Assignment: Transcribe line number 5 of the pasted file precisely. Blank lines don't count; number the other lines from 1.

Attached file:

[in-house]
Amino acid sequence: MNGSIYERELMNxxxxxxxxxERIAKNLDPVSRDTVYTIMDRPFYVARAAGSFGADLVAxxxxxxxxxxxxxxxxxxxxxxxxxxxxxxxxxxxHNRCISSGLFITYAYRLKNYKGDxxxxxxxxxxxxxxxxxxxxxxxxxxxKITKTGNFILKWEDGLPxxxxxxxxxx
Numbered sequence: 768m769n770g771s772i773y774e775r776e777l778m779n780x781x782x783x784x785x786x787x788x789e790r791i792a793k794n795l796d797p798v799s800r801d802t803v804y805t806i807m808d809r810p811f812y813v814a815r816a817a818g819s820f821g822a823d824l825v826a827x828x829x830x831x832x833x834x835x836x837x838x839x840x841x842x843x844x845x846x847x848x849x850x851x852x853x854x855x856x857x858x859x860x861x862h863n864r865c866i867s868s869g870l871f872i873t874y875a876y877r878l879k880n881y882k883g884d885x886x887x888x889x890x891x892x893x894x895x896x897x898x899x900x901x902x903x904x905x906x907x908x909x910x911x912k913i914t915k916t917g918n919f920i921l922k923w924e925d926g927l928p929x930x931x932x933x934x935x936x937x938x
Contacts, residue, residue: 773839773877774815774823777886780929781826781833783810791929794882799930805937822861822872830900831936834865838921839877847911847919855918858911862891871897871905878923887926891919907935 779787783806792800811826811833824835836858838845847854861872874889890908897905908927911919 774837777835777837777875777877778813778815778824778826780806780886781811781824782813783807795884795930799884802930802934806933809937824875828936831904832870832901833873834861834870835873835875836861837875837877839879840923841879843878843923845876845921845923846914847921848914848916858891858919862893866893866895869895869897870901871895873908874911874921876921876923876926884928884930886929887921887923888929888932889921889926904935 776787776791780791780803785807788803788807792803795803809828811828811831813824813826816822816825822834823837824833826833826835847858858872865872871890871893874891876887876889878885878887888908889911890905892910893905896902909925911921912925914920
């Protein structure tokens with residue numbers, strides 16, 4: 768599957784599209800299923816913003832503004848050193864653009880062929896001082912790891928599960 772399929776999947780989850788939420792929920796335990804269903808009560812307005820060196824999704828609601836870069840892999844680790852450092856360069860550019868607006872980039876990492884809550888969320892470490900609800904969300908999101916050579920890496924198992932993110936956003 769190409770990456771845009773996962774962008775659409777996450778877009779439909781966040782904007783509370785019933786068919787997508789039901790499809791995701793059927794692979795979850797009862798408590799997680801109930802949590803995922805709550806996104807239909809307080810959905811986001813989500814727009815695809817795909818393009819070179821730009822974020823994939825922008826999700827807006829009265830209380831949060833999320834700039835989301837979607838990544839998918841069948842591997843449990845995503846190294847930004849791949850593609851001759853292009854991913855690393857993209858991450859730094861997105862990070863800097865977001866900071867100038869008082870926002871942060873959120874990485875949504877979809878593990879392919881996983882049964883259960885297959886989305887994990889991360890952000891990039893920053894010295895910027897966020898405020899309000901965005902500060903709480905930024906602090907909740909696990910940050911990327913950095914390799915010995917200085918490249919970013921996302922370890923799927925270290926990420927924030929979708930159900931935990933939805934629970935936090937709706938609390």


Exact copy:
């Protein structure tokens with residue numbers, strides 16, 4: 768599957784599209800299923816913003832503004848050193864653009880062929896001082912790891928599960 772399929776999947780989850788939420792929920796335990804269903808009560812307005820060196824999704828609601836870069840892999844680790852450092856360069860550019868607006872980039876990492884809550888969320892470490900609800904969300908999101916050579920890496924198992932993110936956003 769190409770990456771845009773996962774962008775659409777996450778877009779439909781966040782904007783509370785019933786068919787997508789039901790499809791995701793059927794692979795979850797009862798408590799997680801109930802949590803995922805709550806996104807239909809307080810959905811986001813989500814727009815695809817795909818393009819070179821730009822974020823994939825922008826999700827807006829009265830209380831949060833999320834700039835989301837979607838990544839998918841069948842591997843449990845995503846190294847930004849791949850593609851001759853292009854991913855690393857993209858991450859730094861997105862990070863800097865977001866900071867100038869008082870926002871942060873959120874990485875949504877979809878593990879392919881996983882049964883259960885297959886989305887994990889991360890952000891990039893920053894010295895910027897966020898405020899309000901965005902500060903709480905930024906602090907909740909696990910940050911990327913950095914390799915010995917200085918490249919970013921996302922370890923799927925270290926990420927924030929979708930159900931935990933939805934629970935936090937709706938609390």